#ChinaMeltdown: Asian Stock Markets Tumble

#ChinaMeltdown: Asian Stock Markets Tumble

Following up on the more than 500 point loss on Wall Street last Friday, the Asian markets opened Monday to a meltdown in progress.

Investors watch the stock market in Hangzhou, Zhejiang Province, China. (photo: ChinaFotoPress/Getty Images)
Investors watch the stock market in Hangzhou, Zhejiang Province of China. (photo: ChinaFotoPress/Getty Images)

China’s Shanghai Composite Index tumbled as much as 9 percent, while U.S. equity-index futures signaled a fifth straight day of losses. Commodity prices sank to a 16-year low, while credit risk in Asia increased to the highest since March 2014. The yen rallied and government bonds rose as investors sought haven assets. South Africa’s rand dropped 2.7 percent.

More than $5 trillion has been erased from the value of global stocks since China unexpectedly devalued the yuan, fueling speculation that the slowdown in the world’s second-largest economy may be deeper than previously thought. The rout is shaking confidence that the global economy will be strong enough to withstand higher U.S. interest rates, even as bets on a September liftoff evaporate.

All major Asian markets dropped and futures on the Standard & Poor’s 500 Index retreated as much as 3.1 percent after the U.S. benchmark plunged 5.2 percent through the final two days of last week.

China, however, doesn’t want the blame for this.


But that is where everyone is looking. And every single Asian market is reeling.


The bottom line is that the Chinese economy is slowing.

In a recent note to clients, Societe Generale’s Wei Yao noted that beneath 2015’s insane stock surge and its effect on the financial economy, the rest of China’s economy actually looks pretty ugly.

Over the last few years, the industrial sector dropped significantly, with nominal growth around 1.2% year over year in the first half of the year. Furthermore, construction decelerated “substantially” from over 10% in mid-2014 down to 4.1% year-over-year in Q2, according to Yao’s data.

Without getting too wonky, this is terrible for Wall Street. If China’s economy tanks, they are going to be selling, not buying. And they hold an awful lot of U.S. bonds. They’ve already sold some in a move to devalue the yuan (as was reported last winter), and they could do it again. China is in the middle of its very own Black Monday. Which means that our stocks are in for a wild ride as investors try to predict what happens next.

Current stock market numbers can be found here. Victory Girls will continue to watch the markets today and update as needed.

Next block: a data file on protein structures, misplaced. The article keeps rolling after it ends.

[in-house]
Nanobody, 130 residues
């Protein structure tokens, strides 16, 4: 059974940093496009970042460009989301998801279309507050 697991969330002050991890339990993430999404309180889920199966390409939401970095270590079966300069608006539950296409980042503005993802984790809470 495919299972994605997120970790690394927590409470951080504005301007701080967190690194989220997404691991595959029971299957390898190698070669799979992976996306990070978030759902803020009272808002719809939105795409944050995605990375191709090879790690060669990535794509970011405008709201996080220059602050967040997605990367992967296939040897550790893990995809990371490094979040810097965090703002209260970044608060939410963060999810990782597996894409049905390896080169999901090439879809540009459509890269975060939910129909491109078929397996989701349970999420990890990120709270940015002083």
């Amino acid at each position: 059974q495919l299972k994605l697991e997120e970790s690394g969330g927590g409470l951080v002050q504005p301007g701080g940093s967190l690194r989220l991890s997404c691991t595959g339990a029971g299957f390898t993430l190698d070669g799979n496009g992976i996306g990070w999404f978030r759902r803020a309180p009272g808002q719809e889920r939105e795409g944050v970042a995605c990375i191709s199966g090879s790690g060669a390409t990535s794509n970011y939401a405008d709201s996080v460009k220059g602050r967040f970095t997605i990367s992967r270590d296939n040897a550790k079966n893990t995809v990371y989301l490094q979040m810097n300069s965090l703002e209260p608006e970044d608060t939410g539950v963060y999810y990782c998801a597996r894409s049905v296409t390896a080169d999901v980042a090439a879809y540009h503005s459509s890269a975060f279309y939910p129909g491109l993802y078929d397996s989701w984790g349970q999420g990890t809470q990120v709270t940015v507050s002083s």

UPDATE 9:20 am ET:
Wall Street is opening this morning, braced for the worst. The Asian markets have now closed for Monday.

China’s Shanghai Composite Index plummeted more than 9% during the session Monday, and closed down 8.5% pushing equity markets in Asia to give up their 2015 gains. Hong Kong’s Hang Seng tumbled 5.17%, while Japan’s Nikkei dropped 4.61%.

Commodities are also dropping – oil has hit the lowest price in six years, and gold and silver are also down.

UPDATE 9:36 am ET:
Rule 48 has been invoked.

The rule allows NYSE to open stocks without indications. “It was set up for situations like this,” said Art Hogan, chief market strategist at Wunderich Securities. It was last used in the financial crisis.

The Dow futures held about 700 points lower, with the S&P futures off about 80 points, and the Nasdaq 100 futures off about 5 percent, which marks the lower end of the price limit.

The major averages are on track for one of their worst opens since the financial crisis of 2008.

I doubt this will prevent much of the selling panic today.

UPDATE 1 pm ET:
After opening to a 1000 point drop, the Dow has managed to gain back 700 points.

Peter Kenny, chief market strategist at Clearpool Group, called the action in global markets dramatic and gut wrenching.

“China is definitely the No. 1 cause for concern globally and Europe is not far behind,” Kenny said. “The speed at which this market has moved sharply lower is an indication panic is driving all investment decisions. If you haven’t positioned yourself for volatility and seasonal weakness, you’re behind the 8 ball.”

This is now being officially called a “correction” in the market. We’ll have to wait and see how long it lasts.

UPDATE 5:20 pm ET:
The Dow is closed for the day and Wall Street is licking its wounds after another 500 point loss day in a row.

The Dow Jones Industrial Average wiped out 588 points, or 3.58% to 15871. The S&P 500 dropped 77 points, or 3.94% to 1893, while the Nasdaq plunged 179 points, or 3.82% to 4526.

All ten S&P 500 sectors were in negative territory, with energy declining the most, dropping 5.18% on the session.

Now, everyone gets to wait until the Asian markets open again tonight and see if this is going to be a continuing cycle of losses.

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1 Comment
  • Joe Miller says:

    My wife and I have six figures invested in the market. We don’t panic when these things happen. People who bragged about getting all their money out of the market when the financial crisis started have not done as well as we have. The big question for those who panic is “When do you get back in?” It’s really hard–close to impossible–to time the market.

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